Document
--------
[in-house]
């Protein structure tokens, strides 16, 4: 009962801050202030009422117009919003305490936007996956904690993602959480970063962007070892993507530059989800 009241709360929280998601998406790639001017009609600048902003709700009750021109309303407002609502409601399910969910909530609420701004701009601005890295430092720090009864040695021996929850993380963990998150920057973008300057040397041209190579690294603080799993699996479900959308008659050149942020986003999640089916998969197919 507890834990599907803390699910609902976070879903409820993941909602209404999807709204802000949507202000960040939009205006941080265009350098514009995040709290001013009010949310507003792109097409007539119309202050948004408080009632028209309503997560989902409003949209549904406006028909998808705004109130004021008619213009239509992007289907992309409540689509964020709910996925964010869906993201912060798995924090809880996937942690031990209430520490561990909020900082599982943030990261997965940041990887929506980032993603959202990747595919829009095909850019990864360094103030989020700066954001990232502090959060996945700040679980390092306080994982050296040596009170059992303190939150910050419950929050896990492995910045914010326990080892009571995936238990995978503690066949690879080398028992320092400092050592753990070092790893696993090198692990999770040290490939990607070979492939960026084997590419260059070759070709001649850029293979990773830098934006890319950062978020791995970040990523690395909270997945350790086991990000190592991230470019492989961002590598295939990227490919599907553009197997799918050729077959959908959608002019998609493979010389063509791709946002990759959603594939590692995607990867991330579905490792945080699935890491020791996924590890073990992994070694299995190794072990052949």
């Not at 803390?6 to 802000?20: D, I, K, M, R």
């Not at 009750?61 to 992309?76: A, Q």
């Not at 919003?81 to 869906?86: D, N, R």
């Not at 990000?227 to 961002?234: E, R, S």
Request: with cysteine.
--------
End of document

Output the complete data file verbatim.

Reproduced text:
[in-house]
């Protein structure tokens, strides 16, 4: 009962801050202030009422117009919003305490936007996956904690993602959480970063962007070892993507530059989800 009241709360929280998601998406790639001017009609600048902003709700009750021109309303407002609502409601399910969910909530609420701004701009601005890295430092720090009864040695021996929850993380963990998150920057973008300057040397041209190579690294603080799993699996479900959308008659050149942020986003999640089916998969197919 507890834990599907803390699910609902976070879903409820993941909602209404999807709204802000949507202000960040939009205006941080265009350098514009995040709290001013009010949310507003792109097409007539119309202050948004408080009632028209309503997560989902409003949209549904406006028909998808705004109130004021008619213009239509992007289907992309409540689509964020709910996925964010869906993201912060798995924090809880996937942690031990209430520490561990909020900082599982943030990261997965940041990887929506980032993603959202990747595919829009095909850019990864360094103030989020700066954001990232502090959060996945700040679980390092306080994982050296040596009170059992303190939150910050419950929050896990492995910045914010326990080892009571995936238990995978503690066949690879080398028992320092400092050592753990070092790893696993090198692990999770040290490939990607070979492939960026084997590419260059070759070709001649850029293979990773830098934006890319950062978020791995970040990523690395909270997945350790086991990000190592991230470019492989961002590598295939990227490919599907553009197997799918050729077959959908959608002019998609493979010389063509791709946002990759959603594939590692995607990867991330579905490792945080699935890491020791996924590890073990992994070694299995190794072990052949």
């Not at 803390?6 to 802000?20: D, I, K, M, R």
């Not at 009750?61 to 992309?76: A, Q």
């Not at 919003?81 to 869906?86: D, N, R």
């Not at 990000?227 to 961002?234: E, R, S």
Request: with cysteine.